Pentagon elevates key AI governance body

FedScoop has new details on how the Defense Department is coordinating and merging its disparate AI governing forums.
River entrance of the U.S. Department of Defense. (Getty Images)

Tucked into the Pentagon’s new, broad plan to operationalize artificial intelligence responsibly across the department’s sprawling enterprise is a clear elevation in seniority of its primary mechanism for AI governance.

The Chief Digital and AI Office’s (CDAO) Governing Council — a 4-star level governance body run by this newly established office that falls under the deputy defense secretary — has replaced the former AI Executive Steering Group, which was a 3-star level governance body led by the Joint Artificial Intelligence Center (JAIC), according to the new RAI Strategy and Implementation Pathway.

“For any business that we want to do on behalf of the department, that’s our place to get out, to collaborate and to really get the feedback from all the different stakeholders we need in the organization before we bring that to the deputy [secretary of defense],” Margaret Palmierei, deputy chief digital and AI officer, told FedScoop this week.

When several disparate agencies — including the JAIC — were recently reorganized to operate under the new CDAO, more than 20 different working groups, governance forums and other cadres associated with data analytics and AI under their purview also came with them.


“In government, we tend to love to just add new things — but in this case, we said, ‘Let’s simplify and bring all those different governing forums under one council,’” Palmieri explained.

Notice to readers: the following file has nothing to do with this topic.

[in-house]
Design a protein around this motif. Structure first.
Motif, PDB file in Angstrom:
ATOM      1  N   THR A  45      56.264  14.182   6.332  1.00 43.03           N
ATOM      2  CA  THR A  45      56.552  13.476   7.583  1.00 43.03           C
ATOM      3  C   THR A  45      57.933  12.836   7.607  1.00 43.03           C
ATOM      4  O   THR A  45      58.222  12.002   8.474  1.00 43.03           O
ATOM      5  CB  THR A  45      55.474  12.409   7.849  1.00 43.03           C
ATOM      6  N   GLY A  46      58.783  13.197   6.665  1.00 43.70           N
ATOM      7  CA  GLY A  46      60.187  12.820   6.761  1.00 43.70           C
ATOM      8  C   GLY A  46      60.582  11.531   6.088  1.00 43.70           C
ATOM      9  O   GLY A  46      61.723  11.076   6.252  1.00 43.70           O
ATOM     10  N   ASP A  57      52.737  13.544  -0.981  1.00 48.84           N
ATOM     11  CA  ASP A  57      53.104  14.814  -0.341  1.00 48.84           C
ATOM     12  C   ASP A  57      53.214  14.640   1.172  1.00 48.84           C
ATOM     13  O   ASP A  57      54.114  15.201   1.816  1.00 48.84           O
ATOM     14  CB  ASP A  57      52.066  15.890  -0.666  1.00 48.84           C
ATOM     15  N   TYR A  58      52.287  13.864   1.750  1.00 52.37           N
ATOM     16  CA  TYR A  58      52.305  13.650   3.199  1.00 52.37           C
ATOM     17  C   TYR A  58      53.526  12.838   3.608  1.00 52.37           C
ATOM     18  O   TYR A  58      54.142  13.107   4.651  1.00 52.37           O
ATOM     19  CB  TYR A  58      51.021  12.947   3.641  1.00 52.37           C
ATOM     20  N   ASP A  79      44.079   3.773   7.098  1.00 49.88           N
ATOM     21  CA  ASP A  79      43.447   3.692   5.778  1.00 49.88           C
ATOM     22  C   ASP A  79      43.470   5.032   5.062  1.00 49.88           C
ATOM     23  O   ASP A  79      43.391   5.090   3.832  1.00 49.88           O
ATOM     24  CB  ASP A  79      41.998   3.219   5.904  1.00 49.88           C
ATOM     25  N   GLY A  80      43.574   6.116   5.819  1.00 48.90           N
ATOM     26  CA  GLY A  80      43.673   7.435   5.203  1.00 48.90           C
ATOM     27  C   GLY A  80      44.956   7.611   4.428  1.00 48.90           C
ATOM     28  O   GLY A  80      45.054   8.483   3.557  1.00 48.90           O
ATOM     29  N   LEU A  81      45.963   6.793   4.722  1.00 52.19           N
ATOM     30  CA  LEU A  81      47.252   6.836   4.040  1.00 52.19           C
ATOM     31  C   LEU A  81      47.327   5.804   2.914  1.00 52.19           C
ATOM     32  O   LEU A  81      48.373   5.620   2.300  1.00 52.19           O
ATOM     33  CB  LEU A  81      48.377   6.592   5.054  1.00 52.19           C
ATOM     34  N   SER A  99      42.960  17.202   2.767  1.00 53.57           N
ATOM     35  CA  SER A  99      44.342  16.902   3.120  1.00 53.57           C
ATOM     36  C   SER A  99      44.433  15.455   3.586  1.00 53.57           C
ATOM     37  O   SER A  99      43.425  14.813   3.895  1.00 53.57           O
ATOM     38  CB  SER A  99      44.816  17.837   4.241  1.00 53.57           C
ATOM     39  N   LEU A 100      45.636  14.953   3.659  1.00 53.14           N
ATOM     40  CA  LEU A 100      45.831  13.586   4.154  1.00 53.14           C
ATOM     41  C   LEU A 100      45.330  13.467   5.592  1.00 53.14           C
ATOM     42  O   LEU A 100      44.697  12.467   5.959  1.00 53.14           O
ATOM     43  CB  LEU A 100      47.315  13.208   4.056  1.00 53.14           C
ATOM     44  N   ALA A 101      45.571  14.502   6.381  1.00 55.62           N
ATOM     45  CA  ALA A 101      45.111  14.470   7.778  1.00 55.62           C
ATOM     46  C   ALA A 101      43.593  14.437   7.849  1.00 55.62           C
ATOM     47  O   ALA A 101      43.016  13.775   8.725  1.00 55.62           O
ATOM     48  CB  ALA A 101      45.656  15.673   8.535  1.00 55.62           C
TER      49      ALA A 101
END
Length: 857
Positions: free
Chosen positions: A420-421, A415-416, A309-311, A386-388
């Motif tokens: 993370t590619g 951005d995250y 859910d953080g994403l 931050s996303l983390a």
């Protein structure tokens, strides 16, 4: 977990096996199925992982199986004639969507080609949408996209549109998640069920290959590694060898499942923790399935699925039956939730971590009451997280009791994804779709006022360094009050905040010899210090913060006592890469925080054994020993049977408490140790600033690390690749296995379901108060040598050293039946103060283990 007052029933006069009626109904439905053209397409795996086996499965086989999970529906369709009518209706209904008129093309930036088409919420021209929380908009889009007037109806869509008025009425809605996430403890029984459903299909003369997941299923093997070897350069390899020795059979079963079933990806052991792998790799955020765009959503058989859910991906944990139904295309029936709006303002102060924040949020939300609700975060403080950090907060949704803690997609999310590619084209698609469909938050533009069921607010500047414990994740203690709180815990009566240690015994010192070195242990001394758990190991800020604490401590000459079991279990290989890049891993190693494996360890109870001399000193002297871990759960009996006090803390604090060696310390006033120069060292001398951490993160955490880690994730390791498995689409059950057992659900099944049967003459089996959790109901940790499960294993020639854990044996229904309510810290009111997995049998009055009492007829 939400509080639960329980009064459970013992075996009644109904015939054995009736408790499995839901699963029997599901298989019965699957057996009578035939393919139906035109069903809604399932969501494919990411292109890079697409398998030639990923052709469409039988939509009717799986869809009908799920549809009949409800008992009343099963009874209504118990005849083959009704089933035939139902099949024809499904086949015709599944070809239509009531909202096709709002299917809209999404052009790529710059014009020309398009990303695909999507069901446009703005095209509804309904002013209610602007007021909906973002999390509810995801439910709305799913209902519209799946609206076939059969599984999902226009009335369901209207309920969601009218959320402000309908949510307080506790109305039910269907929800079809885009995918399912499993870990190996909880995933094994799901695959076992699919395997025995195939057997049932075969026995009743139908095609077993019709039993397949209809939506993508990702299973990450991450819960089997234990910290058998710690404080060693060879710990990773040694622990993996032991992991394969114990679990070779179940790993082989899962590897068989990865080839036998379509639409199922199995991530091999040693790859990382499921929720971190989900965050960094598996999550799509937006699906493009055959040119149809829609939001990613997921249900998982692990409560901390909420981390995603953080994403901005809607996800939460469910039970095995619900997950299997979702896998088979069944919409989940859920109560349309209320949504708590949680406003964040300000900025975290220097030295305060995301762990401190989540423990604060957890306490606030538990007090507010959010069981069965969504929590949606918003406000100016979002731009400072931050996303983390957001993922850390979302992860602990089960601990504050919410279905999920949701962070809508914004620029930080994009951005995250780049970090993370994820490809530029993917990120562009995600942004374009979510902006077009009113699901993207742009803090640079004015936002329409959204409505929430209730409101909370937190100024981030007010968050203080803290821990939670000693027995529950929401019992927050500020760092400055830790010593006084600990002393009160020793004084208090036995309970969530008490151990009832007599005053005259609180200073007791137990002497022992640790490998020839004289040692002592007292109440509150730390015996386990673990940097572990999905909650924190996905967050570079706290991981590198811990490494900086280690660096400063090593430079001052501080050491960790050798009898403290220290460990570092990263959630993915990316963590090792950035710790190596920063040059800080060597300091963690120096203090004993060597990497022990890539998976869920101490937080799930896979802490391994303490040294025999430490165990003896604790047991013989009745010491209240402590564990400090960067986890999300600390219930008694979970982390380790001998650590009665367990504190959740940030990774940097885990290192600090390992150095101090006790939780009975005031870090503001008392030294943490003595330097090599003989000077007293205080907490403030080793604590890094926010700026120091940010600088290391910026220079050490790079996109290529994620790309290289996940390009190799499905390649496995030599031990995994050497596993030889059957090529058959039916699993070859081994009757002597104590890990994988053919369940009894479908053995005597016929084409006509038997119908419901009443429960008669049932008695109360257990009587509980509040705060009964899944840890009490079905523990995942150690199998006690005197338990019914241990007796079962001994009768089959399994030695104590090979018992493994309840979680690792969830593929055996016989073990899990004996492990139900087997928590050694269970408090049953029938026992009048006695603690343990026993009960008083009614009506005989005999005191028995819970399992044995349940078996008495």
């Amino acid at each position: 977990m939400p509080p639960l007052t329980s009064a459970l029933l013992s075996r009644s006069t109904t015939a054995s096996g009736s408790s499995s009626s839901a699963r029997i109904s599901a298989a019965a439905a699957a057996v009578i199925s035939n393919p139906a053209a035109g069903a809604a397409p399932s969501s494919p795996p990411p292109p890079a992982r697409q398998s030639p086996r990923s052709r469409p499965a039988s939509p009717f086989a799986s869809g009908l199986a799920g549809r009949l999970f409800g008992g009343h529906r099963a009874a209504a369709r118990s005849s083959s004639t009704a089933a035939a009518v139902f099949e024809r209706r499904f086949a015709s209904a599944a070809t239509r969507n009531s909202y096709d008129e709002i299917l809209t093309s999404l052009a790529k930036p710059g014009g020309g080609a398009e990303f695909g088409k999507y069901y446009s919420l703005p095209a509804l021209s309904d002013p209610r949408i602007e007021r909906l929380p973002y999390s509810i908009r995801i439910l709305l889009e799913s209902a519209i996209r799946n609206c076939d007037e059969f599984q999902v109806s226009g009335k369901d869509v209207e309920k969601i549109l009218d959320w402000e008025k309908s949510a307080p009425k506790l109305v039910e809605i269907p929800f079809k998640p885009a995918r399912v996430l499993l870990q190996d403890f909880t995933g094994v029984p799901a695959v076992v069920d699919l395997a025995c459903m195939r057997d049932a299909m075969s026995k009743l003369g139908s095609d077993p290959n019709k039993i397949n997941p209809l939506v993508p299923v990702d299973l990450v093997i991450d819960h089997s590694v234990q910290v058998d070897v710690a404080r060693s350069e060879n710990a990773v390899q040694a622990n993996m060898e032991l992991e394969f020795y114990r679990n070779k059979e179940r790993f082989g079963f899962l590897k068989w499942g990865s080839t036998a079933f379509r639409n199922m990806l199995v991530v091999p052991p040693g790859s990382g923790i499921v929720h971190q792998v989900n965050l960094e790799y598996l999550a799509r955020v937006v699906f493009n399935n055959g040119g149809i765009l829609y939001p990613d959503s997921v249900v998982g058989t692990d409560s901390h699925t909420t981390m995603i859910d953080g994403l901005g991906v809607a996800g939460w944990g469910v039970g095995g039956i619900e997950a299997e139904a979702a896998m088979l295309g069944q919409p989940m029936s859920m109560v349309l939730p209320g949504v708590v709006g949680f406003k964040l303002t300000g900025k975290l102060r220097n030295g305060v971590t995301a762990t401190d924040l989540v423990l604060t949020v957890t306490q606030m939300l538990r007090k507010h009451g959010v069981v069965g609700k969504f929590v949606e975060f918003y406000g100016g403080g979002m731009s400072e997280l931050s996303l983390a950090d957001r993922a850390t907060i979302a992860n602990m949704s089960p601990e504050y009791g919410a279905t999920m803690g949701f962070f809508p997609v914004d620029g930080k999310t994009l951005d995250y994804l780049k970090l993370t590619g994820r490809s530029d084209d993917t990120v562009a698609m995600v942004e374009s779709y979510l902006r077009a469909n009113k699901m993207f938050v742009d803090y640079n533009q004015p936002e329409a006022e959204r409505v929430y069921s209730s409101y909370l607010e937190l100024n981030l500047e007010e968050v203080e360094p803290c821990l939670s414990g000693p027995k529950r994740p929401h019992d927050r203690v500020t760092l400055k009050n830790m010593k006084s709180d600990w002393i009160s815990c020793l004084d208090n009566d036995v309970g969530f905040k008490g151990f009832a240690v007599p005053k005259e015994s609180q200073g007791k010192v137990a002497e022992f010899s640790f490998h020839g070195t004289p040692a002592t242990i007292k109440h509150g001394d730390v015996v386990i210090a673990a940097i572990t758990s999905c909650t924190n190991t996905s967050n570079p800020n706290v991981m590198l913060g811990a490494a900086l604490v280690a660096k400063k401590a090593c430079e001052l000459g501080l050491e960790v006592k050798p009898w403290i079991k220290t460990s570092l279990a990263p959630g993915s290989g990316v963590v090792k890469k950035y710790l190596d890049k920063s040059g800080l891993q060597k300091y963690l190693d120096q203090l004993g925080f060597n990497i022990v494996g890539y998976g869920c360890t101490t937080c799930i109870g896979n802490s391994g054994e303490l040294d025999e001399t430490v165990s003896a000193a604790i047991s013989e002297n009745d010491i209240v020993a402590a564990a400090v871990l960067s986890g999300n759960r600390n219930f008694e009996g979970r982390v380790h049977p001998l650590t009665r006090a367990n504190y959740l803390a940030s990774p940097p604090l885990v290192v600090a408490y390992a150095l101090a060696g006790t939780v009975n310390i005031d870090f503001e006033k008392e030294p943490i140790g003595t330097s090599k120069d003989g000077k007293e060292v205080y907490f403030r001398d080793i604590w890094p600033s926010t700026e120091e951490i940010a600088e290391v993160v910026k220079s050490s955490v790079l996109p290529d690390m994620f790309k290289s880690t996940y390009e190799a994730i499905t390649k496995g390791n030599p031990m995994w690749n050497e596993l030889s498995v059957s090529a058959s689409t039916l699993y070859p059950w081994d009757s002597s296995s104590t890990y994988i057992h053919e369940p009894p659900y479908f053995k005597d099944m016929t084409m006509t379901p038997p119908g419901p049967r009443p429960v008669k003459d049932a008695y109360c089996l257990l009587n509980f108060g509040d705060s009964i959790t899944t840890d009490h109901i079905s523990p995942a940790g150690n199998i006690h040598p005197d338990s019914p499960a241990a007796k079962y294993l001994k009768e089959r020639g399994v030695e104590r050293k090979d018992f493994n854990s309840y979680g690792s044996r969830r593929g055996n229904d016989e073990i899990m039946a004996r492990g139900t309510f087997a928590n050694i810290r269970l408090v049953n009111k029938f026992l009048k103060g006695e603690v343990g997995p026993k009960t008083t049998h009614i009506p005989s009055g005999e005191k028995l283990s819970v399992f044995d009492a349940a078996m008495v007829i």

The Pentagon’s newly named Chief Digital and AI Officer in charge of the CDAO, Craig Martell, is the chair of this council. Through the new coordination unit, he’ll engage directly with senior military and Defense Department leaders on a range of topics associated with the high-priority emerging technology. 

“It really, I think, brings more transparency to all the different efforts across the department and allows our stakeholders to have a voice at the table as we start to take on the systemic aspects of this and the department. And it makes sure that, you know, as we elevate issues to the deputy level, we can represent all those different positions in the same place,” Palmieri said.

Greg Allen, director of the AI Governance Project at the Center for Strategic and International Studies and the former director of strategy and policy at the JAIC — said this elevation in governance marks the “clearest sign yet that [DOD] leadership views accelerating AI transformation and doing so responsibly as something that top leadership needs to be spending their time on.”

Elements of the new pathway reflect the fact that there’s still plenty of work to do in this area, but that Pentagon’s higher-ups are serious about this work, he noted.


Still, “one question that this document doesn’t answer is, on what issues will the governing council issue decisions, rather than advisory recommendations?” Allen said.

The former AI steering group was primarily an advisory body, though it did also vet decisions by some important decision-makers, such as the Deputy’s Management Action Group.

“That was appropriate at the time, given how young and small the JAIC was — but it’s time for DOD AI governance to take the next step,” Allen said. 

Although Palmieri didn’t confirm whether that’s all sorted out just yet, she noted that “to the extent that the deputy secretary wants to delegate certain decisions to the CDAO, we are ready to make those decisions.”

Brandi Vincent

Written by Brandi Vincent

Brandi Vincent reports on emerging and disruptive technologies, and associated policies, impacting the Defense landscape. Prior to joining DefenseScoop, she produced a long-form documentary and worked as a journalist at Nextgov, Snapchat and NBC Network. Brandi was named a 2021 Paul Miller Washington Fellow by the National Press Foundation and was awarded SIIA’s 2020 Jesse H. Neal Award for Best News Coverage. She grew up in Louisiana and received a master’s in journalism from the University of Maryland.

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